Advertise - Print Edition

Brandeis University's Community Newspaper — Waltham, Mass.

Physical education an unnecessary requirement

Published: October 31, 2014
Section: Opinions

Badminton, basketball, volleyball—all words that I associate with gym class. I don’t know about you, but I was not a fan of gym class in high school or middle school. I think the fun of gym class ended for me in the elementary years. If there wasn’t a giant rainbow parachute, there wasn’t anything to look forward to.

As a Brandeis student, there is a general education requirement of two physical education classes. Overall, the school does a good job giving a variety of options, some of which include basketball and volleyball. Nevertheless, there is also the choice of ballroom dance, yoga, weight lifting, tennis, power walking, golf, fencing and it goes on and on. Despite the wide selection, many Brandeisians, myself included, have no desire to extend their gym class experience into their higher education.

Fortunately, for those who want a less physical alternative to fulfilling this requirement, the school also offers first-year and senior-year experience courses. These classes are in a setting where students get to speak about issues or skills pertaining to healthy living. Honestly, this is a lot more appealing option than that of a class that consists of sweating and probably rushing to a later class still sweaty.

In college, we actually have an acceptable “excuse” to get out of gym. The first-year experience courses in particular focuses on the skills necessary to navigate university life. Issues like roommates, sleeping and all-around healthy choices in the environment of a college campus are discussed. In the high stress land of higher education, such a class does not sound like a bad idea, especially for first-years who are on their own for the first time. So the class, in theory, has merits. The truth, however, is that the class is only seen as a way out of weekly scheduled exercise.

Possible valuable discussion aside, the first-year experience class seems to have other drawbacks. First, it is a class of entirely first-years. First-years are at the beginning stages of acquiring experiences, but do not yet possess the context necessary to have some of these discussions. Next, and this may not be the case for everyone, most first-years have not just yet decided upon a concrete direction. Countless students change their mind or specify what interest they will pursue in their college career during their first year. Thus, first-year seminars may be nothing more than a good place to get some first-years talking about college life.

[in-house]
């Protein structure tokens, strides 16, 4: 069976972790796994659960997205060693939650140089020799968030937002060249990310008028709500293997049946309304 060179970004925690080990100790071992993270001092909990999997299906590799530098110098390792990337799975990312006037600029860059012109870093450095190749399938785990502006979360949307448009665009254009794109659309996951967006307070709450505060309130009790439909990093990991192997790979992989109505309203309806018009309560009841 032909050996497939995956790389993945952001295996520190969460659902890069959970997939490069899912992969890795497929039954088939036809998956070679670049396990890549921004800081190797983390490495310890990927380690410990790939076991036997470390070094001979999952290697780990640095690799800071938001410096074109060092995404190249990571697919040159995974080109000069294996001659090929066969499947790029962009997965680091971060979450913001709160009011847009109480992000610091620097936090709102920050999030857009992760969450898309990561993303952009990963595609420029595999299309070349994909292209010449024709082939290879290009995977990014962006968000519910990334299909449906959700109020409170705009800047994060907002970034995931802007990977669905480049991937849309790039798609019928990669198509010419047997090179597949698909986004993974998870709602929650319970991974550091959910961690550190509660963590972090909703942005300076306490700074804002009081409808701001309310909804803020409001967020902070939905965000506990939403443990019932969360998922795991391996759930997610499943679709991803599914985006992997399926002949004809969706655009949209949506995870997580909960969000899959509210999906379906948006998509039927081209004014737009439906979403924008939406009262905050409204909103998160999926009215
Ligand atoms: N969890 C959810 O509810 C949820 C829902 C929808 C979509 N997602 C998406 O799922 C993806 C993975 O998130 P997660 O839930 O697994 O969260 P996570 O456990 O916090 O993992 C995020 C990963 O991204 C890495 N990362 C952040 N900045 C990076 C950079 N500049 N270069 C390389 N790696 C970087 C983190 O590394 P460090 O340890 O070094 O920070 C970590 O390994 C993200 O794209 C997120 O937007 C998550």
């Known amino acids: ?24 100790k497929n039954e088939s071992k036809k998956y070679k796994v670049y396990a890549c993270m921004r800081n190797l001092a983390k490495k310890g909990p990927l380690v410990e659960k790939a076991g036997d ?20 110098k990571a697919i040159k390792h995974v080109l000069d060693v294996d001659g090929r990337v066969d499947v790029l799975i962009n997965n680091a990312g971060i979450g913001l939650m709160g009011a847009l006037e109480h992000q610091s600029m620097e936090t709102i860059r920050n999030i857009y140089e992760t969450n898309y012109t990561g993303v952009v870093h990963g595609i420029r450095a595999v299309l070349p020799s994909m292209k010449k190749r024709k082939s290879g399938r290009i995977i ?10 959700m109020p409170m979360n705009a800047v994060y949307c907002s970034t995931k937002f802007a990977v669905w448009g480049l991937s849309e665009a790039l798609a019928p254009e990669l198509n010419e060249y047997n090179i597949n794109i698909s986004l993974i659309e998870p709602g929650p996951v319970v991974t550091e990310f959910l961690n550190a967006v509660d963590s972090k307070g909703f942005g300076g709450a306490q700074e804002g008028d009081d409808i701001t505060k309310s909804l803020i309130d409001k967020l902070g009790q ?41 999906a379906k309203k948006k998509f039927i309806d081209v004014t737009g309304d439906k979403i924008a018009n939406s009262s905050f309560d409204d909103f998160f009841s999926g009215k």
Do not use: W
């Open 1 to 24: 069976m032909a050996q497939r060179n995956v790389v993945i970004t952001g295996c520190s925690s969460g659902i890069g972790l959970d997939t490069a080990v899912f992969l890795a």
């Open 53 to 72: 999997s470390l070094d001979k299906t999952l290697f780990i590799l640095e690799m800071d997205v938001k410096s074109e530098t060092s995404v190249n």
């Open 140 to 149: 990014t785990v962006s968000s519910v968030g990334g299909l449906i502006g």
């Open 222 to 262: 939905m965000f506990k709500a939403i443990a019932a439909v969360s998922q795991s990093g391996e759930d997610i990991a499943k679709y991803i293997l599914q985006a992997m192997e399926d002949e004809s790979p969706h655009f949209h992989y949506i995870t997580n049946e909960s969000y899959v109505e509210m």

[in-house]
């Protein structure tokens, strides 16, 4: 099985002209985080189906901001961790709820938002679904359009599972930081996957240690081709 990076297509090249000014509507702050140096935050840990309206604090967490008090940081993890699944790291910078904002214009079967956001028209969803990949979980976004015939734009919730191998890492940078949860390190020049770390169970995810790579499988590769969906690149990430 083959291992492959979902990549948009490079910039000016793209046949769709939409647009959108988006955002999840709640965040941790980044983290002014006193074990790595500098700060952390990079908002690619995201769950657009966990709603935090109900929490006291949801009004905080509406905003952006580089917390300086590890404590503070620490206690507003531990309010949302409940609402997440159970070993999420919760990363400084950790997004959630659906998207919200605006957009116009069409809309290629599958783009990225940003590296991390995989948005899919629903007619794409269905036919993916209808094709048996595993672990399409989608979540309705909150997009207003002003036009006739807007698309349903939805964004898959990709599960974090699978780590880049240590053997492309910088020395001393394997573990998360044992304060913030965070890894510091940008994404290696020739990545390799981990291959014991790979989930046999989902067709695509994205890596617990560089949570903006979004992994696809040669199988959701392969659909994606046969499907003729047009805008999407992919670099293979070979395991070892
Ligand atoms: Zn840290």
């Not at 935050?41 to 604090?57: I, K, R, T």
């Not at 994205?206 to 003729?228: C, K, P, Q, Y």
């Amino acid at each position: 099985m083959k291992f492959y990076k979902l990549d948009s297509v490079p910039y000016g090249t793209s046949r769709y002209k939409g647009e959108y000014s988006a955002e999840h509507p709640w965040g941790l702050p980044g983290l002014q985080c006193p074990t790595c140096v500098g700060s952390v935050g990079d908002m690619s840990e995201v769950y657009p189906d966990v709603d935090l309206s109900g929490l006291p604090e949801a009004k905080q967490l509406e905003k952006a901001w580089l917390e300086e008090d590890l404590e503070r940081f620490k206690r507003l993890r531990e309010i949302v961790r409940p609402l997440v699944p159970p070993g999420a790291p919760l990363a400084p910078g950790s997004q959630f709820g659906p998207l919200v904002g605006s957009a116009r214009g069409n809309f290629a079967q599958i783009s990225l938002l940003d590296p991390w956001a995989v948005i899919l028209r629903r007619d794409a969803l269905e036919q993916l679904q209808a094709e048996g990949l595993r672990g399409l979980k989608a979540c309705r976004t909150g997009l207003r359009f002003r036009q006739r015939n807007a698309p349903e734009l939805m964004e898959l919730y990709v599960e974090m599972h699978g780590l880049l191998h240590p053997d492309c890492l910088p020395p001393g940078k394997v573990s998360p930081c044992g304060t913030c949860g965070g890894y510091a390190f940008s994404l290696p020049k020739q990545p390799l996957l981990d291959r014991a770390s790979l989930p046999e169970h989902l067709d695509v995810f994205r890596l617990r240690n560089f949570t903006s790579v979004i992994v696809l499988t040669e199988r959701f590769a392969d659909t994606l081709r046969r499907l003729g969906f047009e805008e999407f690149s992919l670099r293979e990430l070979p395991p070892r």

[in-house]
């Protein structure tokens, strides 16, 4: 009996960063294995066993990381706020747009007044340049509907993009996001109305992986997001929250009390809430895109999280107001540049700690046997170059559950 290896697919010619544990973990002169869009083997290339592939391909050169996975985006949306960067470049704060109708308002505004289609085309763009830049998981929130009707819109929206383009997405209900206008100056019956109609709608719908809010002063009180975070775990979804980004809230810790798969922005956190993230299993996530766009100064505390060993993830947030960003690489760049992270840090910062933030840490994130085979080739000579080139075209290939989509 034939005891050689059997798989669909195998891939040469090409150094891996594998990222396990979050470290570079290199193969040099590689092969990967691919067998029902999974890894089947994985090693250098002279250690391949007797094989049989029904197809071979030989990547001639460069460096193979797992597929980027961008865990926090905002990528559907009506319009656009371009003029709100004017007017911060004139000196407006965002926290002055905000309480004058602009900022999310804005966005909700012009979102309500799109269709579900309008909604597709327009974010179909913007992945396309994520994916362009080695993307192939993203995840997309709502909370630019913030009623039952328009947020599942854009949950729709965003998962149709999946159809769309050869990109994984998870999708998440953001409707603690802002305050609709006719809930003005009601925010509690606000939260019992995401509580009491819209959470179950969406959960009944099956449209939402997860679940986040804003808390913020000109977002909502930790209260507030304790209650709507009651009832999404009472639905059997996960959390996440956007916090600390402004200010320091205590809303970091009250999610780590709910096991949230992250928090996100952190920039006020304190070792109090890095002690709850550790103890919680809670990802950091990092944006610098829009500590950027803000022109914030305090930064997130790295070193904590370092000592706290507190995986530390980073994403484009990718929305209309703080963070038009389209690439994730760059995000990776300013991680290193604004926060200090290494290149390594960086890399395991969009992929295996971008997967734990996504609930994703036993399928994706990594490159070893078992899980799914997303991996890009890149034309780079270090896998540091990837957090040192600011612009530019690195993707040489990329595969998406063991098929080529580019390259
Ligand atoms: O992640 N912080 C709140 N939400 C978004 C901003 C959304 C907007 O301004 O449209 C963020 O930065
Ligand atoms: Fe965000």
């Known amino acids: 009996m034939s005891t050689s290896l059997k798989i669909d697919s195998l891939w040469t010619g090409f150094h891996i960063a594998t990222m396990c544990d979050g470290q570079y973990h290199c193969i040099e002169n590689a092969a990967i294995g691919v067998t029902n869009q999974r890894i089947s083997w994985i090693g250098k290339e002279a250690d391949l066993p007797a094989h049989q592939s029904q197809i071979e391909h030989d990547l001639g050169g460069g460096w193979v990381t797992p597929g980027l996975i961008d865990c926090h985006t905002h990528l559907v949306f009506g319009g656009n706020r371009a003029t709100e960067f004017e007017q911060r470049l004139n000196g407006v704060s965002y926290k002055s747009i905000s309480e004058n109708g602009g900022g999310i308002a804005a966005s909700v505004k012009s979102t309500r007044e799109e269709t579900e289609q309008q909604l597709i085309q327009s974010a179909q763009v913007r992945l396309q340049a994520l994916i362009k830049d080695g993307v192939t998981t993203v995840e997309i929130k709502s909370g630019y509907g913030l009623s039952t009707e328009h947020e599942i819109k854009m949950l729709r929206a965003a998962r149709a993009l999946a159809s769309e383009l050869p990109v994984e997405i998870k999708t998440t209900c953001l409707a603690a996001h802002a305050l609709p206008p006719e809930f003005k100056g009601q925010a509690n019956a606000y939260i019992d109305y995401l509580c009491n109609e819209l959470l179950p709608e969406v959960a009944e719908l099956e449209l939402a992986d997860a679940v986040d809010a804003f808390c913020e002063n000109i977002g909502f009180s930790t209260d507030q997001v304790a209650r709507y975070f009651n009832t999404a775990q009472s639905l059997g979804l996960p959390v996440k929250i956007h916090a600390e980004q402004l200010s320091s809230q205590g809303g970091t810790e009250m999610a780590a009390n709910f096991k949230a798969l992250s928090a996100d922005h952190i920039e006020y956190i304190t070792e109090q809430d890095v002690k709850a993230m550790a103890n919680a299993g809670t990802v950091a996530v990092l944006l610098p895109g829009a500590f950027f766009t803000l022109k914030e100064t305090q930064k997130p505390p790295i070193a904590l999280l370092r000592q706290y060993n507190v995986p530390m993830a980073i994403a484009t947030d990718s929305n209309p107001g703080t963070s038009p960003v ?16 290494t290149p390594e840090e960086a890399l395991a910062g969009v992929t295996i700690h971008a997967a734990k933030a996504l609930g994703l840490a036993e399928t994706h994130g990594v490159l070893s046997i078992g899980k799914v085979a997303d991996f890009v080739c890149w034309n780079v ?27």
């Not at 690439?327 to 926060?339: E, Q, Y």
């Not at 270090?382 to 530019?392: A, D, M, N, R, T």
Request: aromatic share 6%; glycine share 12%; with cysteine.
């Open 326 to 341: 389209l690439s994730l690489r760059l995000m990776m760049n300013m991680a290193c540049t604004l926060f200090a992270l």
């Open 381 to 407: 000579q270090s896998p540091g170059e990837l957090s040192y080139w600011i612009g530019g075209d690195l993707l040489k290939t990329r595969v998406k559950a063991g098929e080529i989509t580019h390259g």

The concept of seminars may have me scratching my head, but more importantly, I question the point of these physical education requirements. So in order to accomplish this, general requirements consist of at least one class in each school, a quantitative reasoning course, a writing intensive course and a foreign language, among others. A comprehensive perspective is crucial in true pursuit to higher education, but how does one’s ability to throw a ball or run a half-mile fit into that?

This isn’t a question of the importance of being physically active, but one of the mandate made by the school that its students integrate it in their routine. Exercise is a lifestyle choice. Students come to Brandeis with academic goals. So these gym classes and even the less physically straining alternatives just seem out of place because they lack any utter academic purpose.

Physical education courses do not count toward majors or contribute anything of vital importance to students’ education. Instead of taking a class that students are interested in, they’re making room in their schedule for basketball or volleyball. They are rushing up the Rabb Steps from Gosman. There are enough varsity, club and intramural sports along with dance troupes, group fitness classes like hula hooping and so much more on campus that I believe students have adequate avenues to an active lifestyle, if that’s what they choose, without mandatory gym classes.

Brandeis offers a wide variety of physical education classes. There seems to be something for everyone, even those who don’t want to get sweaty. Nevertheless, with the idea that students are here to expand their minds, maybe they should not be a part of the list of things a student needs to graduate.